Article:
Continuing Trade Despite Animal Disease Outbreaks is Goal of Draft U.S.-Canada Framework
The Department of Agriculture’s Animal and Plant Health Inspection Service has released a draft framework for implementing and maintaining a foreign animal disease zoning arrangement between the U.S. and Canada. This framework provides an operational plan for the two countries to recognize each other’s decisions to control a highly contagious FAD outbreak through zoning; i.e., determining and specifying a particular area in a portion of the country wherein a quarantine should be established to control a contagious FAD outbreak. APHIS states that this zoning arrangement will facilitate continued trade between disease-free areas of the U.S. and Canada while safeguarding animal health in both countries.
Under the draft framework, each country would notify the other of a confirmed FAD detection in domestic livestock within its territory while in the process of establishing an area of control. The unaffected (partner) country could initially restrict the importation of commodities that could transmit the disease from the affected country. The extent of the restrictions would depend on the disease, the magnitude of the outbreak and other epidemiological factors.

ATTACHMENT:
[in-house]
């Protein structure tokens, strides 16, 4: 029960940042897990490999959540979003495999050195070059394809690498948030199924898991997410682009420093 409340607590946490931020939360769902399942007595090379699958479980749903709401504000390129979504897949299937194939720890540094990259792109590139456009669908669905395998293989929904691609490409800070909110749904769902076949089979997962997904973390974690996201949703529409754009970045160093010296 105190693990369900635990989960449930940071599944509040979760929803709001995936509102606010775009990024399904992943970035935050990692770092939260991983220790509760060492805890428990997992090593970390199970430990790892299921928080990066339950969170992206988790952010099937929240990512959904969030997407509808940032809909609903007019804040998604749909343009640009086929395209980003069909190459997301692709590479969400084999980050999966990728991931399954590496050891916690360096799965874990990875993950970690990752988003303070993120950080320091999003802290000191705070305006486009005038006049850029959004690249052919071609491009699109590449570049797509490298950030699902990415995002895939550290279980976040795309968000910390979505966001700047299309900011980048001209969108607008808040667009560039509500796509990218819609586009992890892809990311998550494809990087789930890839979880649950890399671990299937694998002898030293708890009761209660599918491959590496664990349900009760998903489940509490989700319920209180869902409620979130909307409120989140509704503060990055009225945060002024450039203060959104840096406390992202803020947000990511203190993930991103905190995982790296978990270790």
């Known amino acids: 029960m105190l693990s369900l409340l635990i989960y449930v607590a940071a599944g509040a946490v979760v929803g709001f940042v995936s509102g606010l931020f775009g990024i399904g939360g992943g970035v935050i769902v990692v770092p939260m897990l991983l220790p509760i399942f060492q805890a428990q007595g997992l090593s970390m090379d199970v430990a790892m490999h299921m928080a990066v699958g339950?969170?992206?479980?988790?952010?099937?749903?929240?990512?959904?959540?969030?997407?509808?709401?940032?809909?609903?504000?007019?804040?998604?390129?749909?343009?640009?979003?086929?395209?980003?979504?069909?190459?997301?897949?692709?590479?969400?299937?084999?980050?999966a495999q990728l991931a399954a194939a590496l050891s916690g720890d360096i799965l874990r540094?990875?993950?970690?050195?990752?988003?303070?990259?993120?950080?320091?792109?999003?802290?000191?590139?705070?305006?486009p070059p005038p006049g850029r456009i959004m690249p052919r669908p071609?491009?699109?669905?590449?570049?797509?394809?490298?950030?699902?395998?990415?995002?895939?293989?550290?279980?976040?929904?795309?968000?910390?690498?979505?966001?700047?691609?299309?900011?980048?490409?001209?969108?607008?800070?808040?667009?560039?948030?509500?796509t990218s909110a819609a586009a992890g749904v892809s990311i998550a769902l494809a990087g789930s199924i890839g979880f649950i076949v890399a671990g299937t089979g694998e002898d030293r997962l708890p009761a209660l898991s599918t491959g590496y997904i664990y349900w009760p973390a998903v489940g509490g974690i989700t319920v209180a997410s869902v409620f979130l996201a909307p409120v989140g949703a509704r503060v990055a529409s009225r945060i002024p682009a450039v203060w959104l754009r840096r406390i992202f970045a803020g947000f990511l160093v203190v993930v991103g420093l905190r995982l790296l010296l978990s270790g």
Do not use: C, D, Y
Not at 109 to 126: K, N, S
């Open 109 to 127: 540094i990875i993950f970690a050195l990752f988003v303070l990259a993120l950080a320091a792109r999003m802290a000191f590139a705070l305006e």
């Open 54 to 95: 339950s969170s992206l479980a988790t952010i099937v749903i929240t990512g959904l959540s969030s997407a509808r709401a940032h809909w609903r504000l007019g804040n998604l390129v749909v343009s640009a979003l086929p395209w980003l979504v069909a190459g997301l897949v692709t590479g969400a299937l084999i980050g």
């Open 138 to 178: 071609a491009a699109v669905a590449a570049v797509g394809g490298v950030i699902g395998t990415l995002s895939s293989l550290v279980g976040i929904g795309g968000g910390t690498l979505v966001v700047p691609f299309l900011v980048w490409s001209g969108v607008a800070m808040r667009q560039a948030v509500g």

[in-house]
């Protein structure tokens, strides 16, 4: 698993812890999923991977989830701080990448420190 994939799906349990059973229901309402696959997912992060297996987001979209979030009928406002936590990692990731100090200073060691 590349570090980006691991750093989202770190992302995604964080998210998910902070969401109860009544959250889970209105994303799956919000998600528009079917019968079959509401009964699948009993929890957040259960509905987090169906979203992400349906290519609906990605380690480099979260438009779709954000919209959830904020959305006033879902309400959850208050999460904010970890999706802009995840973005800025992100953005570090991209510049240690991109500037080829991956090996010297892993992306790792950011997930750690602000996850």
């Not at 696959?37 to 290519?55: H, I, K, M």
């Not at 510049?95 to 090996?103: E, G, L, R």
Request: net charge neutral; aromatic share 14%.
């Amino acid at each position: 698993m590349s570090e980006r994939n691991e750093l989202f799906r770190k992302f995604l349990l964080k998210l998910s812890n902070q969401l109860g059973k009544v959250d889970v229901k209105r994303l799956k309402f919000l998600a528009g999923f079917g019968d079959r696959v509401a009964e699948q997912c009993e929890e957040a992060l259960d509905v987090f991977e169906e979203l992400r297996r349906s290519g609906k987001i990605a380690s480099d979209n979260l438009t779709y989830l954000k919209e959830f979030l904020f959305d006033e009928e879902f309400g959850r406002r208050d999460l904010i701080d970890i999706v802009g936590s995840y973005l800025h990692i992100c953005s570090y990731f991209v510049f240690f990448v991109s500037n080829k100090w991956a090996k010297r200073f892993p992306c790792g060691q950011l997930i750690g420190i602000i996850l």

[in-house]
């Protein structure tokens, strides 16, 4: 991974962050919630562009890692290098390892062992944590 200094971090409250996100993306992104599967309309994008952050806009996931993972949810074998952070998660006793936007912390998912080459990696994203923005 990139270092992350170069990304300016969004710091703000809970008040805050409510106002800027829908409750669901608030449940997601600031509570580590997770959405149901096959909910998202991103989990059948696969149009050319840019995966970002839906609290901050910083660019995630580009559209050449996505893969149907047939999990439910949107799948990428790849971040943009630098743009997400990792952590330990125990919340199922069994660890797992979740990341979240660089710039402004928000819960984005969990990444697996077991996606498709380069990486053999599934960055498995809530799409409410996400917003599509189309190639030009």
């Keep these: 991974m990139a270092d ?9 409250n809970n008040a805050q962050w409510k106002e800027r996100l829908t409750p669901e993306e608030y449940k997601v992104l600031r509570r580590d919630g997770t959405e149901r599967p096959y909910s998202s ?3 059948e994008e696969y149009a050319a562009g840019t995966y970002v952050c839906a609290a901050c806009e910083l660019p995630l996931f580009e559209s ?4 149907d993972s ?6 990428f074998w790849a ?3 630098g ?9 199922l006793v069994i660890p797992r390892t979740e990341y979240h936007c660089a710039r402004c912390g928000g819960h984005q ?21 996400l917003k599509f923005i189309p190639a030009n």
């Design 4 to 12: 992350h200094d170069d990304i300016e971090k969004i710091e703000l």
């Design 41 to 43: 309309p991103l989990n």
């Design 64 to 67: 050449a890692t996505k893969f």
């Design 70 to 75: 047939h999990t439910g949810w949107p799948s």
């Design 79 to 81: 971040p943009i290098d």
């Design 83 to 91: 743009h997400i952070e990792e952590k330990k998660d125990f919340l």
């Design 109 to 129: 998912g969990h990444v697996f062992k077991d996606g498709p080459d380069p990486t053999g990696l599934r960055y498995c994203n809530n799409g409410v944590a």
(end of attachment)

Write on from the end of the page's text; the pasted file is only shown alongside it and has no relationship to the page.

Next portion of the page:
Following procedures outlined in the draft framework, the affected country would apply to the partner country for recognition of an established area of control. Once this recognition occurs, trade between disease-free zones could resume as normal, with few restrictions. The partner country could impose additional import restrictions if the disease is detected outside of an area of control during the response period.
Comments on the draft framework are due by July 14. APHIS states that comments that address disease risk, import restrictions, establishment of areas of control, operational procedures, and communications with affected stakeholders would be particularly useful.